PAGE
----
Tag Archives: William McBeath

Right-wing Sun News tries to rescue Conservative fortunes in Calgary-Centre.

Justin Trudeau Harvey Locke

Justin Trudeau and Harvey Locke

Just when it seems like Conservative candidate Joan Crockatt was losing ground and a tight three-way contest in the Calgary-Centre by-election, right-wing cable channel Sun News swooped in with news that will stir up the anti-Liberal sentiments among Conservative voters in the riding. Boasting that it has discovered a “breaking exclusive,” the channel roasted Mr. Trudeau for comments made during an interview in late 2010:

“Canada isn’t doing well right now because it’s Albertans who control our community and socio-democratic agenda. It doesn’t work.”

There is no one who can get angry conservatives worked up in this province like a Trudeau.

Chris Turner Calgary-Centre Green By-election

Chris Turner

Mr. Trudeau is on a leadership tour through British Columbia and Alberta this week, having campaigned with Liberal by-election candidate Harvey Locke in Calgary-Centre and rallying a crowd of more than 400 party faithful in downtown Edmonton.

Following Liberal MP David McGuinty‘s comments earlier this week, the release of Sun News’ “breaking exclusive” of Mr. Trudeau’s two year-old anti-Alberta comments is miraculously well-timed for the Conservatives. It feels as if the Conservative campaign in Calgary-Centre got exactly what it was asking for.

Polling since August has shown Mr. Locke in second place and Green Chris Turner gaining momentum in Calgary-Centre.

Over the course of the campaign, Ms. Crockatt’s has opted to avoid numerous public all-candidate forums in favour of canvassing doors. Interestingly, the campaign found time in its busy schedule yesterday to stop by Sun News studios in Calgary to denounce Mr. Guinty’s comments on a talk show hosted by vicious right-winger Ezra Levant.

Ms. Crockatt’s sudden appearance on the right-wing talk show has everything to do with her campaign’s slip in the polls, which is seen by many to be a result of her campaign’s connections to the right-wing Wildrose Party.

Joan Crockatt Conservative Calgary-Centre By-Election

Joan Crockatt

It should be noted that the connections between Sun News, the federal Conservative Party, and the Wildrose Party are deep.

Sun News has been nothing short of a cheerleader for both the opposition Wildrose Party in Alberta and Conservatives in Ottawa. Even staff appear to be interchangeable. Candice Malcolm, the current Director of Research for Sun News is the former executive assistant to Wildrose leader Danielle Smith and spokesperson for Conservative politician Jason Kenney.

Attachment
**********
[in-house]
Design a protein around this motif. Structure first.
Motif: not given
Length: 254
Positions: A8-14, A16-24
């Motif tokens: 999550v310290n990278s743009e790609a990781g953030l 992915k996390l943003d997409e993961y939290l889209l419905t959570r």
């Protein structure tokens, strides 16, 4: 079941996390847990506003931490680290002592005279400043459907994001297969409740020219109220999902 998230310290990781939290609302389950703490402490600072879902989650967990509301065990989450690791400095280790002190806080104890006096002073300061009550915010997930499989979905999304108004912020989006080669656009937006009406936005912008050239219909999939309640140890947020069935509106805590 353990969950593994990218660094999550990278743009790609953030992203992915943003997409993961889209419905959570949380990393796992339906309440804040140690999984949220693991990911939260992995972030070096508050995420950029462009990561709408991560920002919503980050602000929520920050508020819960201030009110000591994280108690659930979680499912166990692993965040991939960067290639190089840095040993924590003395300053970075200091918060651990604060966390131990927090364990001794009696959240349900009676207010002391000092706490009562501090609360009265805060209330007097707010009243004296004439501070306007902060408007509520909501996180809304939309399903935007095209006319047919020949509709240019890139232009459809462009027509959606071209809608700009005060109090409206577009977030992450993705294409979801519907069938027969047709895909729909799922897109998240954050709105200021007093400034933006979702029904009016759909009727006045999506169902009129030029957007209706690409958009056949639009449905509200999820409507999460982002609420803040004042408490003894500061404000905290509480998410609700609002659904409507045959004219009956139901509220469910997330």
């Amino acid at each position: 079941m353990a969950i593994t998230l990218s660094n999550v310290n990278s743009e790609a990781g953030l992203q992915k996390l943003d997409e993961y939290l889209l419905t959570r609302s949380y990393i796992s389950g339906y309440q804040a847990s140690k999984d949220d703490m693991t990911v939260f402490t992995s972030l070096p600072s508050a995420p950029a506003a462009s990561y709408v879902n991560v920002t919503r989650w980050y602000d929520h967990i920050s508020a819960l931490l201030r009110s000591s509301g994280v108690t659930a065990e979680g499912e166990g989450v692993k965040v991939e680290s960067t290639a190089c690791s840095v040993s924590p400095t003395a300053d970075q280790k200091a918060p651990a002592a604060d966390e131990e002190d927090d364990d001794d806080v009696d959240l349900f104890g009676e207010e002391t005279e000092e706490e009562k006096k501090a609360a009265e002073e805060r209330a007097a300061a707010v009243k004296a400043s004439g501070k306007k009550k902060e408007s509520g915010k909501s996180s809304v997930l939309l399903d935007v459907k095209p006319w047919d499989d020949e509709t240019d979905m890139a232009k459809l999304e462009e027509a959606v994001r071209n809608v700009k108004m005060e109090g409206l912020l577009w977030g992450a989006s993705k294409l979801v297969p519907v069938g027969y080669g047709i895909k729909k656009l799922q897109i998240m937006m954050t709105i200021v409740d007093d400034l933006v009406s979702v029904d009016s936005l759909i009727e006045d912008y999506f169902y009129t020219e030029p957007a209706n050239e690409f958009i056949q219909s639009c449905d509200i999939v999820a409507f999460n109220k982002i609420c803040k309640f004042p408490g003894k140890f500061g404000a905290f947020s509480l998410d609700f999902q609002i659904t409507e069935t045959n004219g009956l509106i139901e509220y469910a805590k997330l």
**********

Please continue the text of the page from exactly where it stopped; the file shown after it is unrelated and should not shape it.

The strong connections between the federal Conservatives and the Wildrose Party is suspected to have driven away many moderate conservatives, who support Alison Redford‘s governing Progressive Conservatives and see the by-election campaign as too closely associated with the hard right-wing provincial party (including campaign manager, William McBeath, is also on staff with the Wildrose Party). These connections are believe to have contributed to near evaporation of the 40% margin of victory that former MP Lee Richardson earned in the 2011 election.

Threehundredeight.com analyst Eric Grenier has looked beyond the politics and has analyzed the numbers, and his a recent post, he suggests that more disenchanted Conservative voters are shifting to the Greens, rather than the Liberals.

This movement of Tories to the Greens in Calgary-Centre seems to be supported by Donal O’Beirne, the former president of the Conservative association in Calgary-North East, who has endorsed Mr. Turner, and the launch of a new Facebook Group, “Progressive Conservatives 4 Turner“, which sprung up this week.

One senior provincial Tory suggested to me this week that the Wildrose Party now “controls almost the entire federal Conservative Party in Alberta,” suggesting that the split between the provincial and federal Tory parties will be very difficult to mend.

If the Conservatives are not able to win the riding on the November 26 vote, or even if the results are close, the by-election should be a warning to the Ottawa Tories that their support of the Wildrose Party could cause moderate Albertans to park their votes elsewhere.

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A new poll was released by Return on Insight today. The poll shows Mr. Crockatt with 37% to 32% for Mr. Locke and 17% for Mr. Turner.

While I am naturally skeptical of all polls, I am immediately skeptical of this poll due to ROI owner Bruce Cameron‘s close connections to the Liberal campaign in Calgary-Centre (watch this video from October 21, 2012, where Mr. Locke talks about the work Mr. Cameron is doing for his campaign).

Five thoughts about the Calgary-Centre by-election.

1) Conservative Party candidate Joan Crockatt has been criticized for missing at least three public all-candidates debates since the by-election was called. In an appeal for the Conservative candidate’s attendance, Calgary Mayor Naheed Nenshi sent out the following tweet to his 75,790 followers on Twitter:

Mayor Naheed Nenshi's tweet Joan Crockatt

Mayor Naheed Nenshi’s tweet.

Ms. Crockatt’s lack of participation at these public events appears to be a deliberate strategy by the Conservative campaign to avoid any public situation that would put their candidate in a weak position.

Update: The Conservative campaign has announced that Ms. Crockatt’s will attend a public forum at East Village Neighbourhood Association at the Golden Age Club (610 – 8 Avenue SE) on Saturday, November 17 at 1:00 p.m.

2) By refusing to participate in these events, Ms. Crockatt managed to spend most of the campaign avoiding any sort of public interaction with her competitors. Her absence from the public events has contributed to the feeling that the Conservative campaign in Calgary-Centre has yet to give voters a compelling reason to support Ms. Crockatt on November 26.

The result of this by-election will not change who forms government in Ottawa. Unlike a general election where party leaders are typically at the centre of attention, a by-election inherently focuses more on individual candidates. The lack of narrative from the Conservative campaign and a recent poll showing an emerging three-way race has helped bolster the hopes of Ms. Crockatt’s two main competitors, Green Chris Turner and Liberal Harvey Locke.